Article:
Female composer and abbess – the multifaceted life of Princess Anna Amalia of Prussia characterizes the passionate musician and notation collector.
Anna Amalia is born on November 9, 1723 in Berlin, Germany. She is the youngest daughter of the Prussian »Soldier King« Friedrich Wilhelm I and Queen Sophie Dorothea of Hanover. Although she showed interest in music in her youth, she did not receive regular music lessons until the age of 17, after the death of her father. She is mainly supported by her older brother Frederick the Great. Her most important instruments are piano and organ. Soon she also makes her first attempts at composition of her own, perhaps inspired by her older sister Wilhelmine of Bayreuth, whose greatest work, the opera Argenore, is performed in 1740.
Anna Amalia spends her whole life in Berlin. In 1755 she becomes abbess of the monastery in Quedlinburg and thereby gains financial independence. In 1758 she hires the musician and music theorist Johann Philipp Kirnberger as court musician and music teacher, who will hold this position for almost 30 years until the end of his life. Kirnberger is a sworn follower of Johann Sebastian Bach, whose music was already considered obsolete at this time and was no longer performed. A small circle around Anna Amalia and Kirnberger remains independent of the fashions of the time and is often criticized and ridiculed for this. In Anna Amalia's circle, Bach's music and other »old« music is intensively cultivated. Anna Amalia creates a collection of sheet music which is of inestimable value in music history. Her collection plays a central role in the Bach renaissance, which began at the beginning of the 19th century with the Berlin Sing-Akademie and led to the legendary revival of Bach's St. Matthew Passion by Mendelssohn in 1829.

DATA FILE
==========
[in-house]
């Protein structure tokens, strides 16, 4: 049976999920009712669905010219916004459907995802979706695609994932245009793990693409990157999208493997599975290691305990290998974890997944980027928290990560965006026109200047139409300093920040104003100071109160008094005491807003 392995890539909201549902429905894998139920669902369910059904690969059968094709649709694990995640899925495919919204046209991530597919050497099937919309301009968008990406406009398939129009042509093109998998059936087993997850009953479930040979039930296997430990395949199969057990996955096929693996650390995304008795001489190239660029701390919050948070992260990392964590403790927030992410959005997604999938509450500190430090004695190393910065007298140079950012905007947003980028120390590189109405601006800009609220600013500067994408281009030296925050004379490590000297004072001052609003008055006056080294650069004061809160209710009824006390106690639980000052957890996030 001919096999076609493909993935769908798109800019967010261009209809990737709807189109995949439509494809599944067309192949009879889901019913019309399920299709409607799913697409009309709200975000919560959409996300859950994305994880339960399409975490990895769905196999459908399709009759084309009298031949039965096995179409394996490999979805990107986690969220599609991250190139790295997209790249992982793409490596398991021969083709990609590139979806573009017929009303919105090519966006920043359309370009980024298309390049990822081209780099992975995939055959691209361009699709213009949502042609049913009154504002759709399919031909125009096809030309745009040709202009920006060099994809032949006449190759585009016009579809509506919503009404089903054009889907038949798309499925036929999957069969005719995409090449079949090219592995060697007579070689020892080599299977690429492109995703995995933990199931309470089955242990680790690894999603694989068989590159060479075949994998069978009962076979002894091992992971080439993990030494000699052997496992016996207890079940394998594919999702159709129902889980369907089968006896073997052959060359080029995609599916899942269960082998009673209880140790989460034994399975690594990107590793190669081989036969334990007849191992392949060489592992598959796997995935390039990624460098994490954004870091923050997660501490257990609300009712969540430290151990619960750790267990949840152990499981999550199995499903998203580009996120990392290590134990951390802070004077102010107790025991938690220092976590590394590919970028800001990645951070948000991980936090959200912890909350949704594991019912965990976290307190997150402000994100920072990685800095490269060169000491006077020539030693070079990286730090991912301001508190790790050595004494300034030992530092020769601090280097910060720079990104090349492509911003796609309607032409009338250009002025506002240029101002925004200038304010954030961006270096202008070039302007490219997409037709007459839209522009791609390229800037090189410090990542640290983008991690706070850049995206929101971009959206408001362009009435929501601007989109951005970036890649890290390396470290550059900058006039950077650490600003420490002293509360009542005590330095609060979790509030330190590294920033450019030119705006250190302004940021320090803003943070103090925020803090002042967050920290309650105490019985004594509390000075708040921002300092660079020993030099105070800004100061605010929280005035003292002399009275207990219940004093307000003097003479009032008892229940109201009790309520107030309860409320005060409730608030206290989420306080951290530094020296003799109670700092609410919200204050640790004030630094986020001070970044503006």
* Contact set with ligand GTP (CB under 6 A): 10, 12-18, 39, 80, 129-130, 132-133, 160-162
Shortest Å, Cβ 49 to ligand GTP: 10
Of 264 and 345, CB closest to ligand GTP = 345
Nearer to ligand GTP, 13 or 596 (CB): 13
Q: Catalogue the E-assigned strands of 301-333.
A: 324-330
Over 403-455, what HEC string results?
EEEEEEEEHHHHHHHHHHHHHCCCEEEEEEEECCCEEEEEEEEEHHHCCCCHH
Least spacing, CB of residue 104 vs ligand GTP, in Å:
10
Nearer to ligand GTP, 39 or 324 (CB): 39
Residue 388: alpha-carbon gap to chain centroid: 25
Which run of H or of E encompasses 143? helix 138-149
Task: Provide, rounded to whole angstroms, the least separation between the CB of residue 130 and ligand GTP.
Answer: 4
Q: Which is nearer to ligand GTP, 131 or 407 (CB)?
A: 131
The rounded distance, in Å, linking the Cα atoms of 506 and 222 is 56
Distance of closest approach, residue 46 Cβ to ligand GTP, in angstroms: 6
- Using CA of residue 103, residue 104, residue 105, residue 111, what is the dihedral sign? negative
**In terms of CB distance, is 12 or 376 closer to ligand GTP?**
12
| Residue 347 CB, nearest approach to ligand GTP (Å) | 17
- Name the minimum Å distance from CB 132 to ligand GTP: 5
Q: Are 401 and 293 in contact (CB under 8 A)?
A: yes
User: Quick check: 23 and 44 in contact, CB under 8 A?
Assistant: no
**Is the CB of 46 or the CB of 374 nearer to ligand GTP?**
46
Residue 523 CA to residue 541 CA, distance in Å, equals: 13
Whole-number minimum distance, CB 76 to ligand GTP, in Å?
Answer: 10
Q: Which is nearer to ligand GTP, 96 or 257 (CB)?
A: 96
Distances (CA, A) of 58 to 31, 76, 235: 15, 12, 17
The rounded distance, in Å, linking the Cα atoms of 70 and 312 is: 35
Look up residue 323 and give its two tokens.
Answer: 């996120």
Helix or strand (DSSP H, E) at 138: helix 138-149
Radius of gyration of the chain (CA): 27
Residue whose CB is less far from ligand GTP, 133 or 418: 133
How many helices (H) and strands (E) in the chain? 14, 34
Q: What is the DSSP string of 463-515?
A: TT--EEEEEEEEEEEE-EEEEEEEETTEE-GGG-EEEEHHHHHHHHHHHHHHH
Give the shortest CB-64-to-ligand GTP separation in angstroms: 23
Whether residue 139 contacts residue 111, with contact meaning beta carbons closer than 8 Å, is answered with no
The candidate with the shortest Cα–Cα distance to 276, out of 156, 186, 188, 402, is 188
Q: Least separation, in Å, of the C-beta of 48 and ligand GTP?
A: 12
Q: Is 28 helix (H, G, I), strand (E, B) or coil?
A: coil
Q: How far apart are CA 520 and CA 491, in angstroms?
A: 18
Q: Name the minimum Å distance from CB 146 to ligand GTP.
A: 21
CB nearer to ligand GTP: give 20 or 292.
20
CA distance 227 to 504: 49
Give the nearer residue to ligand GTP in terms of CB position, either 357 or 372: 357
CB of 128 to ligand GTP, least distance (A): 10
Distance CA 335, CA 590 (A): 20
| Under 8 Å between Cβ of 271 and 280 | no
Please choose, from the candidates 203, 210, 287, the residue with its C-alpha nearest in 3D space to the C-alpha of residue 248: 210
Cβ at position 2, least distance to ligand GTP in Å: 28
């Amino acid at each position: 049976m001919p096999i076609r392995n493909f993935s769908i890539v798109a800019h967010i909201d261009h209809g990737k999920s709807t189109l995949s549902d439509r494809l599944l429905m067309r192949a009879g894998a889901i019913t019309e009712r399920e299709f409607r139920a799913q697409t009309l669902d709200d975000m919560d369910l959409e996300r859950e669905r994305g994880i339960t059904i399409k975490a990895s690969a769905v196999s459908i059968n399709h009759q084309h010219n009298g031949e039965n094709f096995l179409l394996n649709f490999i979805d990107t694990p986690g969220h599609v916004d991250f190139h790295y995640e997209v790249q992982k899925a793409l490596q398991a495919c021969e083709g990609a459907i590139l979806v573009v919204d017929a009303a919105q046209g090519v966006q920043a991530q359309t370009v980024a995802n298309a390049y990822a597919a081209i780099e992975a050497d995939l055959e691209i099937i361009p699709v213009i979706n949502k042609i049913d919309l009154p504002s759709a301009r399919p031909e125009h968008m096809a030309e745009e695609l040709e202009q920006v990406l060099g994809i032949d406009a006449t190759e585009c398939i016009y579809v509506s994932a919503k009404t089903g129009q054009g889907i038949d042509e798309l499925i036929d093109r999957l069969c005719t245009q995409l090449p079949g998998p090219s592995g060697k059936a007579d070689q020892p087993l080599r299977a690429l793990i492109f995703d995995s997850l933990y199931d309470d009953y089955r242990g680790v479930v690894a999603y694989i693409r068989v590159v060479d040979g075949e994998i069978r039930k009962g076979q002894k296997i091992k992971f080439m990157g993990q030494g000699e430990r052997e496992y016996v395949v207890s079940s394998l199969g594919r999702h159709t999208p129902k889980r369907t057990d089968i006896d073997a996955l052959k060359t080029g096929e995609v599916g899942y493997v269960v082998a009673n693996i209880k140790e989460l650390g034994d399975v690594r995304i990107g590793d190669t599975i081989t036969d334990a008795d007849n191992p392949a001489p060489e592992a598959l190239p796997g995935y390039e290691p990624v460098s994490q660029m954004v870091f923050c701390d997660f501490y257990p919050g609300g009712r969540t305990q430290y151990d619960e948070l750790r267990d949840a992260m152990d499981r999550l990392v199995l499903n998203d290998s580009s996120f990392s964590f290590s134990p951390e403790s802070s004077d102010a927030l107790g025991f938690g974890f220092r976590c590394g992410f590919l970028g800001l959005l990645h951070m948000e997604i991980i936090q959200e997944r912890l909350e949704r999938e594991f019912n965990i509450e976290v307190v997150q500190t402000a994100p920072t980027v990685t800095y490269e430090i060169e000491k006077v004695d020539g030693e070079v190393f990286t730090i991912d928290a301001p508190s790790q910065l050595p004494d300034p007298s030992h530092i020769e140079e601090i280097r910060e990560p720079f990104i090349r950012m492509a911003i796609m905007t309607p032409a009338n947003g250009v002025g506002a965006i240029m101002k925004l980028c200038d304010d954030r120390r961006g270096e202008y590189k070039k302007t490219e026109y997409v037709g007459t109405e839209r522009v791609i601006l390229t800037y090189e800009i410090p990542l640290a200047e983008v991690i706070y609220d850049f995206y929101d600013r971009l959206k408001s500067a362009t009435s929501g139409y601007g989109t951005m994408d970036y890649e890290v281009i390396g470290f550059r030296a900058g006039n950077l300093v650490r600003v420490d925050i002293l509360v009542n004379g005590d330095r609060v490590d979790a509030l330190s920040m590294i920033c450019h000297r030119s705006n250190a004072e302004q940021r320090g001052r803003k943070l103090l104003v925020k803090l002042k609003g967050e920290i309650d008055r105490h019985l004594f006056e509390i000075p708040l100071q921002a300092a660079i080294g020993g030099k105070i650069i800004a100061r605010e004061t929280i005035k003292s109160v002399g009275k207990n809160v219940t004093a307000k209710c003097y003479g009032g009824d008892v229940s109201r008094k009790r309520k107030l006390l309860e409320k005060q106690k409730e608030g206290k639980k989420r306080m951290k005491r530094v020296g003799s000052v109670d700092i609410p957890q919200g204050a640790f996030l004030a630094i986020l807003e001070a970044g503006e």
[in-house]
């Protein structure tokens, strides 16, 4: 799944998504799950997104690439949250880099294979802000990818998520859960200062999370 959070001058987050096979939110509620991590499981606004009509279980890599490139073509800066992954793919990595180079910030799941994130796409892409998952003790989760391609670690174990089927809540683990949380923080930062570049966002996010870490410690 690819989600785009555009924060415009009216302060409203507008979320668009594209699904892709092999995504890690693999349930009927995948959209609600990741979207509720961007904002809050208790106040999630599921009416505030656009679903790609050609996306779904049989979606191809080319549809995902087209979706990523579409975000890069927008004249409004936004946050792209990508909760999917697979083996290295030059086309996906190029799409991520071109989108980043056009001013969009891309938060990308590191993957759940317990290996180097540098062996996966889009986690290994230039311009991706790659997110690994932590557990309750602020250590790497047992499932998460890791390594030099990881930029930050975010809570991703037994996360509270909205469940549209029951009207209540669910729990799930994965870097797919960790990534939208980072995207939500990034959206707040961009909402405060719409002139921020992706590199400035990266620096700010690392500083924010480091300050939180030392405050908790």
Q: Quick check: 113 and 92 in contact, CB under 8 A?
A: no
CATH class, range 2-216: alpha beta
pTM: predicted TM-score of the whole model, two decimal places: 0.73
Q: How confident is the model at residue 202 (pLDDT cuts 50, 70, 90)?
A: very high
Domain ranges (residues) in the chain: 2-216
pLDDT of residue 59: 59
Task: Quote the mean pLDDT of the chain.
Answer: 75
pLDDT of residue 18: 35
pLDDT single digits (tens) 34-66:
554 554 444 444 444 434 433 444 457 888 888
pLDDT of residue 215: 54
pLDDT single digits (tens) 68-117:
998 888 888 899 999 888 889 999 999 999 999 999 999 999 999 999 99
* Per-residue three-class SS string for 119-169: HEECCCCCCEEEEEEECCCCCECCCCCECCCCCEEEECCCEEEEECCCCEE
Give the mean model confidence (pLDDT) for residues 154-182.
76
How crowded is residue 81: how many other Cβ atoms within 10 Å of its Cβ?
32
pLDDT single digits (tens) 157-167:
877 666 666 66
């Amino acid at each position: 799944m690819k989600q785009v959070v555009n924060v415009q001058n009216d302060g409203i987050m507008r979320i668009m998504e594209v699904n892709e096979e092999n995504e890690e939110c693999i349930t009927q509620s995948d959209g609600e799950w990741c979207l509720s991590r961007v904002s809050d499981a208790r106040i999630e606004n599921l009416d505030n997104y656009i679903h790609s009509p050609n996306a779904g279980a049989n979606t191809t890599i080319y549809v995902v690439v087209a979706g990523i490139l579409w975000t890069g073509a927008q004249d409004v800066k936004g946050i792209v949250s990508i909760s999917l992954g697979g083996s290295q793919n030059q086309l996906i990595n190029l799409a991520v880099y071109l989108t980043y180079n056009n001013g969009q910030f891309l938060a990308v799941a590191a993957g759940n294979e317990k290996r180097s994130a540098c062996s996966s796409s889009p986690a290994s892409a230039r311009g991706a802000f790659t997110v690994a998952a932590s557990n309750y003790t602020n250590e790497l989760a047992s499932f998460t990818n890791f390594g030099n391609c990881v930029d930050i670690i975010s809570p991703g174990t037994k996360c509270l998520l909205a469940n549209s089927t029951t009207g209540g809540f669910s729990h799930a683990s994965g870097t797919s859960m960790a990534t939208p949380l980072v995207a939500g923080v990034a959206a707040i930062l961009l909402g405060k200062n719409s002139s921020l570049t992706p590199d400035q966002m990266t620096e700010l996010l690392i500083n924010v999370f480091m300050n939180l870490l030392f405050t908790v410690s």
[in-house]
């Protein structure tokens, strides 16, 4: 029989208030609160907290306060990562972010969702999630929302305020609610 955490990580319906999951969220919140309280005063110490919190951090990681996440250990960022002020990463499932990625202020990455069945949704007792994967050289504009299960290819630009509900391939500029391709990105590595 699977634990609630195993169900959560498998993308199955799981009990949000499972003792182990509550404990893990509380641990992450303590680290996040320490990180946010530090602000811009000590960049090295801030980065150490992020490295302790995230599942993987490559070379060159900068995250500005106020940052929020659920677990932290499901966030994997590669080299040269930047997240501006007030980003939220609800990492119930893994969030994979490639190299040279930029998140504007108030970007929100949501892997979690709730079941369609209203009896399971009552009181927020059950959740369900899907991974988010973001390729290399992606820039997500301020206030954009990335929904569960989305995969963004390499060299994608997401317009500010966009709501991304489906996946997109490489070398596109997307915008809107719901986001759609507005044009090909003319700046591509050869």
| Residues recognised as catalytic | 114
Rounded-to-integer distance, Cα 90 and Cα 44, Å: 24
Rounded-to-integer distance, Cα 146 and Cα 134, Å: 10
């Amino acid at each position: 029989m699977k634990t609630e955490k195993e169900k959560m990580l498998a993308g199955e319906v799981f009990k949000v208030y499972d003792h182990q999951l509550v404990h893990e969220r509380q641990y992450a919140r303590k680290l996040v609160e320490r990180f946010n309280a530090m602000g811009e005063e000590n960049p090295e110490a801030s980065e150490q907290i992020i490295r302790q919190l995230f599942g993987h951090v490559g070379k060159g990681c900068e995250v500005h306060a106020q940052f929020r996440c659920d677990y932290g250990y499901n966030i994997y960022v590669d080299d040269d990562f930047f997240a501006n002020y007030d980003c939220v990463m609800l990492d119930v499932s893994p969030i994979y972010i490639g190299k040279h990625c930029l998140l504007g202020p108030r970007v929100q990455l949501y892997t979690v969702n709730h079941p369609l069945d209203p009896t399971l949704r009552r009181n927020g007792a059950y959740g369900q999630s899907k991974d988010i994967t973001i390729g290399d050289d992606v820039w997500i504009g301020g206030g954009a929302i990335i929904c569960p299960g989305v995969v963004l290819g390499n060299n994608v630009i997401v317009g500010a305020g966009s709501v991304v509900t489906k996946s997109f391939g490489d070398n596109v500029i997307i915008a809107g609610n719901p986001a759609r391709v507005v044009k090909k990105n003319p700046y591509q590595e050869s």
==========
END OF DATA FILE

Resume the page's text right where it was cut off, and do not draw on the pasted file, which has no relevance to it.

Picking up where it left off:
Only a few of her own compositions have survived. Probably a large part of her work, which includes cantatas, chorales, chamber music and military marches, was destroyed by Anna Amalia herself. Her most famous composition today is probably the flute sonata in F major.
Flute sonata in F major, 2nd set Allegretto, published by Infusion Baroque. Live performance on historical instruments by Alexa Raine-Wright (flute), Andrea Stewart (cello) and Rona Nadler (cembalo) at Notman House, Montreal, QC, 2019.
Flute sonata in F major, 3rd set Allegro ma non troppo, published by Infusion Baroque Live performance on historical instruments by Alexa Raine-Wright (flute), Andrea Stewart (cello) and Rona Nadler (cembalo) at Notman House, Montreal, QC, 2019.
March for the Regiment General of Saldern from Marches and Brass Music (From the Royal House Library of the Berlin Palace), published by Lê Hoàng played by wind players of the Rundfunk-Sinfonie-Orchester Berlin.